Saturday, May 18, 2013

mandate to govern

I've heard a few comments recently that Christy Clark doesn't have a mandate to lead our province considering only 23% of the eligible voters chose her party in last week's BC election.  I'm not thrilled about it, but Christy Clark does indeed have what passes for a mandate to govern in our society and is not to blame for voter apathy, nor the fact that we use the "first-past-the-post" system. Our electoral system is designed to favour a party that can win the most seats, but it has never resulted in a provincial or federal government supported by even 50% of the eligible votes. It is probably fair to say (in light of some excellent feedback via twitter... see comments below), that the term mandate itself could be questioned, as can the extent to which our system is actually democratic vs institutional hegemony that cloaks itself with populist shows every few years.

Canada’s first election in 1867 was won by John A. Macdonald with 34.5% of the votes. Although only about a tenth of the population were on the electoral list, voter turnout was still 73%. This means that Macdonald governed with a mandate from 25% of the electorate and only about 3% of the total population.

The worst turnout in the early years was 62.9% in 1896, when Wilfred Laurier won with 41% of the vote compared to Tupper’s 48% -- less votes but more seats. Thus one of our greatest PMs came to power in second place on a mandate from 26% of the electorate or about 7% of the total population. This has happened a few times... such as the 1979 federal election (Joe Clark beat Trudeau), or BC in 1996 (Glen Clark beat Gordon Campbell) but in each case the winning party had less votes than their main opponent.

Borden, who led Canada into WWI, won the 1911 election narrowly against Laurier with 34% of the electorate behind him.

Mackenzie King lost his own seat and lost the election in 1925 with 39% of the votes (26% of the electorate) compared to Arthur Meighen’s 46% of the votes (31% of the electorate), but he still became PM with the support of the Progressives.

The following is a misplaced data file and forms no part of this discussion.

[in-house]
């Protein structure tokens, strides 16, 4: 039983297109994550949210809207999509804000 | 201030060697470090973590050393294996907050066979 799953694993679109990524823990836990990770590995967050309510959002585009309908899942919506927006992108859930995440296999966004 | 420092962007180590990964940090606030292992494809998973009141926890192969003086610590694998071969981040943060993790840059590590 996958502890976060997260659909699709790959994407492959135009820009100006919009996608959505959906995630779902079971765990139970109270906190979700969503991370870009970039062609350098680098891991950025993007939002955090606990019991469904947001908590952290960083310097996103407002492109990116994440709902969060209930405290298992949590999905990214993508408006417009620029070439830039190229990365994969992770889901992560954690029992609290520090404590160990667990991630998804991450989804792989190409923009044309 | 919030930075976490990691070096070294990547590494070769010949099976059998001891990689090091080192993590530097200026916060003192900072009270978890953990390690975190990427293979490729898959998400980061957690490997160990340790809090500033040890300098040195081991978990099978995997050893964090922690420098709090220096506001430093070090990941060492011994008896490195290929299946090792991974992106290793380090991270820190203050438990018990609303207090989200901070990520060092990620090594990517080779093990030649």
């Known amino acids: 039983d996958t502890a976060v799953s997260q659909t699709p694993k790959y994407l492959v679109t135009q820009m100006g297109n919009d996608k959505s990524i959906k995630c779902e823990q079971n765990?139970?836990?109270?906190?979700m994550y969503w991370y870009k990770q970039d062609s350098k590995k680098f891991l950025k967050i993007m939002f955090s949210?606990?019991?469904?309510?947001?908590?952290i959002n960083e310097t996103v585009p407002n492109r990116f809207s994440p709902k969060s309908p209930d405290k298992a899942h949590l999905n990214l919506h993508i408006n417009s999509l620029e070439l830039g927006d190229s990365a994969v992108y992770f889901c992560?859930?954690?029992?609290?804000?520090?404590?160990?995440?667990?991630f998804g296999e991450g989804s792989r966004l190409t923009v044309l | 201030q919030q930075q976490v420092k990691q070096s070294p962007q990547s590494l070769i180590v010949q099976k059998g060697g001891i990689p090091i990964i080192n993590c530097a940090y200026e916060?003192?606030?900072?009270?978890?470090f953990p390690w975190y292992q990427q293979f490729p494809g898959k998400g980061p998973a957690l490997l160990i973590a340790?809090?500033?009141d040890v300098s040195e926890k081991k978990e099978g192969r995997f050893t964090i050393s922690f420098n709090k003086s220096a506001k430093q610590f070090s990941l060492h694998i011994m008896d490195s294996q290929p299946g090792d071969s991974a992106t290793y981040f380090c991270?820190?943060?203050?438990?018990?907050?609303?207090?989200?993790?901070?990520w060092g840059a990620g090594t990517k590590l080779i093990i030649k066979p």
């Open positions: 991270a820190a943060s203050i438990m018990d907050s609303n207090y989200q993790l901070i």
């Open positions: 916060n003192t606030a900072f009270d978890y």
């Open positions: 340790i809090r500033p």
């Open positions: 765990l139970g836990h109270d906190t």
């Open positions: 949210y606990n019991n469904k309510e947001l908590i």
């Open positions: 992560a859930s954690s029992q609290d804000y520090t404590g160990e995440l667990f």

Our best federal turnout was in 1963, with 79.2% voting. Pearson beat Diefenbaker with 42% to 33% of the vote (or 33% to 26% of the electorate).

With the support of 31% of the electorate in 1980, Trudeau claimed a mandate that enabled him fight separatism and patriate the constitution.

Stephen Harper first came to power in 2006 with 23% of the electorate. He gained another minority mandate in 2008, where the turnout was our worst ever at 58.8%. He won with 22% of the electorate behind him.

As far as I can tell, the PMs with highest percentage of eligible voters were Borden in 1917 and Diefenbaker in 1958, both at 43% of the electorate (57% and 54% of the vote respectively). The "best mandate" for a BC premier in modern times was Gordon Campbell in 2001. No wonder Christy Clark felt emboldened as Education Minister to wreak havoc in 2002.

Just like the federal scene, provincial mandates to govern are also settled by a minority of the electorate, as seen in Figure 1.1 below (source: 2nd p. of appendix)

Note that the winning parties gained power with an average support of 32.2% of the eligible votes, roughly the same as the percent of people who did not vote during this period. The highest eligible voter support was Campbell’s first win in 2001 (41%), lowest was his last win in 2009 (23%), about the same as the result for Christy Clark last week, a slightly lower than the NDP's first win in BC (1972, 27%) and similar to the mandate given to John A. Macdonald in Canada’s first election (25%).

1 comment:

Thielmann said...

I had some great tweets from Tobey Steeves (@symphily) about this today -- I can always count on him to provide a substantive and philosophically structured critique. From twitter interactions May 19/13:

I don't disagree w/ the data in your analysis ( …), but see the Q of 'mandate' somewhat differently, @gthielmann.

@gthielmann As you hint, Canada's electoral system is problematic vis-a-vis political mandates - it isn't really organized to produce them.

@gthielmann Even so, political systems achieve legitimacy via consent of the governed - w/o this consent we don't have democracy.

@gthielmann Voting is one meaningful way of performing that consent, and when participation falls to 50% there is a question of legitimacy.

@gthielmann Recall that the US fought for its independence - in part - due to 'taxation w/o representation'. Applies to modern context.

@gthielmann That is, if there is taxation w/o representation - i.e., w/o the consent of the governed - we aren't talking about democracy.

@gthielmann Instead, if we are talking about government by consent of the few - not the demos - we should acknowledge it as hegemonic.

@gthielmann This nicely aligns w/ Chomsky's arguments re. 'manufacture of consent' as a vehicle for naturalizing hegemony - not democracy.

@gthielmann As a point of contrast, I'd highlight the fact that 'democracy' was imposed in Canada - there was never any urge to achieve it.

@gthielmann Democracy is a radical political project. Canada takes its political system from British monarchism - decidedly /not/ radical.

@gthielmann As such, I'd offer that it's really no surprise that a lack of consent by the governed is being spun as a political mandate.

@gthielmann And I would suggest a key awareness in moving forward is that the consent of the governed requires a majority - not a minority.